Food Safety Is A Retail Issue

It is easy to perceive the spinach/E. coli 0157:H7 situation as a crisis for farmers. The water supply in Salinas, the location of cows, the frequency of water testing, the cleanliness of machinery — all these are, seemingly, producer issues.

Yet the food safety issues surrounding this type of outbreak are, most decidedly, retail issues at their core.

It seems unlikely that we will ever achieve zero presence of microbial factors on produce, especially fresh-cuts, so one important area of food safety is how effectively the cold chain is maintained so those microbes won’t multiply. Retailers are quick to demand third party audits and other proof of compliance from growers and packers. Are any retailers willing to submit their own operations to the same standard of test?

  • Is there one retailer in the nation willing to get a third party auditor to certify all its display cases are compliant, including places far from the blower and during the defrost cycle?
  • Is there one retailer in the nation willing to get a third party auditor to certify its receiving procedures, that the cold chain doesn’t get broken at store level while produce is unloaded and that things aren’t going wrong somewhere else in the retail distribution channel?
  • When my local pizzeria delivers a pizza, it packs the cardboard box in a thermal package to try to maintain the temperature. Which retail chains are telling their customers it is unacceptable to have produce sitting in a hot car trunk while bacteria grows so bring a cooler or we’ll package the vulnerable products in a thermal bag? Or will retailers insist on washing their hands of responsibility the minute the consumer walks out the door?

Beyond these specific retail responsibilities, though, there is a greater sense in which these kinds of outbreaks are always a function of what level of preventive care retailers want to pay for.

There is no such thing as “safe.” The only thing we can say is that we can always take more precautions.

Retailers are loath to get involved with this. They are afraid of lawsuits if they start establishing food safety criteria. They hate that their own standards restrict who they can buy from, so they really would prefer the FDA or an industry group establish standards and they, as retailers, will accept them as the food safety standard.

But even a tough FDA standard, by definition, is just a lowest common denominator standard. It is the foundation below which no one is allowed to go. So why in the world wouldn’t many retailers want to exceed these minimal standards?

  • Don’t at least some retailers want to purchase greens grown on land totally fenced in and electrified with the fence going several feet underground? This would minimize the chances of a deer, a cow or other animal leaving anything dangerous in the field.
  • On vulnerable items, shouldn’t actual product be tested both when it comes into a processing facility and, again, before it leaves? Sure, if we can’t speed up testing, a “hold till clear” policy might shave two days off shelf life. Aren’t at least some retailers willing to trade a couple days shelf life for food safety?
  • Surely some retailer wants a manure-free guarantee. What century are we in? Why run the risk of improper composting? After all, organic produce can be grown without manure.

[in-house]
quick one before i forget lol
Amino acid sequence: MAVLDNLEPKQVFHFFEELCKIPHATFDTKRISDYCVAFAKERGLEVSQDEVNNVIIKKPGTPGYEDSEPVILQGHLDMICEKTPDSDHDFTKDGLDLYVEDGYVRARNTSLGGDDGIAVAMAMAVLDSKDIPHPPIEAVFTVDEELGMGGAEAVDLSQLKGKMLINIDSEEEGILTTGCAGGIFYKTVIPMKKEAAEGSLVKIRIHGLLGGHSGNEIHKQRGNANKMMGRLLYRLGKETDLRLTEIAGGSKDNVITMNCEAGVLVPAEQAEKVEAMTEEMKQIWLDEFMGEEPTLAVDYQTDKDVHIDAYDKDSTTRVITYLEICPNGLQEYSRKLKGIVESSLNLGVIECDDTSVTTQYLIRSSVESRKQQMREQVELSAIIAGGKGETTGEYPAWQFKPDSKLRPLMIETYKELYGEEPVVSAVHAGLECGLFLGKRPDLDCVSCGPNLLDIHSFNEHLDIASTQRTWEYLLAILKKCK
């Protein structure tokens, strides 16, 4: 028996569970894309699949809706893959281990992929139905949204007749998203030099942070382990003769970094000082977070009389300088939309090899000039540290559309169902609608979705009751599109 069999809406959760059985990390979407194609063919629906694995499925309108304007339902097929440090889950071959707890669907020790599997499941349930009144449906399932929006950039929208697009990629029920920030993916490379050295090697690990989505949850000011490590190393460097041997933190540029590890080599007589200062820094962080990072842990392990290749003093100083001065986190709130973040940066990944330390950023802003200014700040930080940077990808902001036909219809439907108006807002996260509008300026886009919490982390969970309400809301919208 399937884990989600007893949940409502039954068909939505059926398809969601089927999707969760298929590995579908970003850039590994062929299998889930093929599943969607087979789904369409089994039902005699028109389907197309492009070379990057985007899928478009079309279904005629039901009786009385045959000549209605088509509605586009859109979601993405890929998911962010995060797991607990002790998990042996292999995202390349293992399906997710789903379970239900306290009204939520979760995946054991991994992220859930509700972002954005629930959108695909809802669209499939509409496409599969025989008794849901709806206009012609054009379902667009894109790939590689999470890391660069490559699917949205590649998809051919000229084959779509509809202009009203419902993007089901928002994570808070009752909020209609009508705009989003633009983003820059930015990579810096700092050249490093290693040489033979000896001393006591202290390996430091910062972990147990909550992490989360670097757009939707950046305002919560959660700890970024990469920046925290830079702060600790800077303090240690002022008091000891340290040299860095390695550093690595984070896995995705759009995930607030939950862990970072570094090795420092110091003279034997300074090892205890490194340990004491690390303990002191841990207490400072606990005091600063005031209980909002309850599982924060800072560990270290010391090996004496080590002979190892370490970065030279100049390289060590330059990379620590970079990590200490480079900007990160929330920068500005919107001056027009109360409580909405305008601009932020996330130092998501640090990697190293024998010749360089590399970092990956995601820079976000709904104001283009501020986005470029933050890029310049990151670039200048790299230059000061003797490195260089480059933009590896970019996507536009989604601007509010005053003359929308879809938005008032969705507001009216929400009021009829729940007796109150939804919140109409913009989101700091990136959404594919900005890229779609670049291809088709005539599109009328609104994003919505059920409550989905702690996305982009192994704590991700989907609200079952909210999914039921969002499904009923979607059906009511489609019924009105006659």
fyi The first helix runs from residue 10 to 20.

• One would think that at least some retailers would want input on a whole bunch of other standards, such as what is an acceptable water standard. How frequently should it be tested? How about protecting the bags so that they are sanitized and then put under a kind of seal? Loads of other possibilities.

The key is this: All these things are possible and more; what holds suppliers back is not that they need an FDA regulation — it is that they need to see a willingness on the part of buyers to pay more to obtain a higher level of food safety and security. So far that is missing.

True leadership in an industry comes out when the chips are down and, so far, the retail community has been conspicuous by its absence from industry leadership on this vital issue. Retailers, properly considered, are the agents by which consumers channel their will in our system. If retailers don’t speak up, if retailers don’t assert the wants and needs of the consumer, who will?

It is a mantra, often repeated in the produce industry, that food safety should never be used as a competitive advantage. The practical effect of such a position is that no one has an incentive to do more than the minimum required. Of course, there is no justification for name-calling and saying other people’s produce is “unsafe,” but there is not a thing wrong with a supermarket demanding exceptionally high standards and then telling the consumers that it has done so. Yet retailers don’t seem willing to seize a leadership position on this issue.

Three people died in the spinach outbreak. With our current advanced testing technology, we still can expect to identify even more frequent outbreaks in the future.

A lot of growers who had spinach in the ground lost a fortune. There is a dark cloud over the valley.

But clouds lift, and it is good to remember that many of the advances in farming have come out of that same Salinas Valley when other situations looked grim before. The farmers in Salinas will find a way to take this situation, turn it to their advantage and make the Salinas Valley a food safety showcase for the world. But it sure would help if some retailers thought safety was worth paying up for.